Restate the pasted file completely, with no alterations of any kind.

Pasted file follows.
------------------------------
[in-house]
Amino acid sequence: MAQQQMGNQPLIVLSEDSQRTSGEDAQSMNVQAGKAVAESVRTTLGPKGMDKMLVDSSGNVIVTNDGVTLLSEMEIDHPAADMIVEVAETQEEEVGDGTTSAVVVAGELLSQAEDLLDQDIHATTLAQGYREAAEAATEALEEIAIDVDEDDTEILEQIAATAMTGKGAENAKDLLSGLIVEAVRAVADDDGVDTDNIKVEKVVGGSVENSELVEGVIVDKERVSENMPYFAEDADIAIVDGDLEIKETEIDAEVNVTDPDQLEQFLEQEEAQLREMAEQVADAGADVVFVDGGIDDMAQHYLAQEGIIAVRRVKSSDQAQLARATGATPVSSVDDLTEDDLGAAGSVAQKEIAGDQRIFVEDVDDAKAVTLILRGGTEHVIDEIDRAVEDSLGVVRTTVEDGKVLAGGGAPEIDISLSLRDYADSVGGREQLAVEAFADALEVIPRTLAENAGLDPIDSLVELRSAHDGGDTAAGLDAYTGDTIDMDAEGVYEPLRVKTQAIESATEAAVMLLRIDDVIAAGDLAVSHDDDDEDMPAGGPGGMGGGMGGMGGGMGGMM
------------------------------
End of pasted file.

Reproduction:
[in-house]
Amino acid sequence: MAQQQMGNQPLIVLSEDSQRTSGEDAQSMNVQAGKAVAESVRTTLGPKGMDKMLVDSSGNVIVTNDGVTLLSEMEIDHPAADMIVEVAETQEEEVGDGTTSAVVVAGELLSQAEDLLDQDIHATTLAQGYREAAEAATEALEEIAIDVDEDDTEILEQIAATAMTGKGAENAKDLLSGLIVEAVRAVADDDGVDTDNIKVEKVVGGSVENSELVEGVIVDKERVSENMPYFAEDADIAIVDGDLEIKETEIDAEVNVTDPDQLEQFLEQEEAQLREMAEQVADAGADVVFVDGGIDDMAQHYLAQEGIIAVRRVKSSDQAQLARATGATPVSSVDDLTEDDLGAAGSVAQKEIAGDQRIFVEDVDDAKAVTLILRGGTEHVIDEIDRAVEDSLGVVRTTVEDGKVLAGGGAPEIDISLSLRDYADSVGGREQLAVEAFADALEVIPRTLAENAGLDPIDSLVELRSAHDGGDTAAGLDAYTGDTIDMDAEGVYEPLRVKTQAIESATEAAVMLLRIDDVIAAGDLAVSHDDDDEDMPAGGPGGMGGGMGGMGGGMGGMM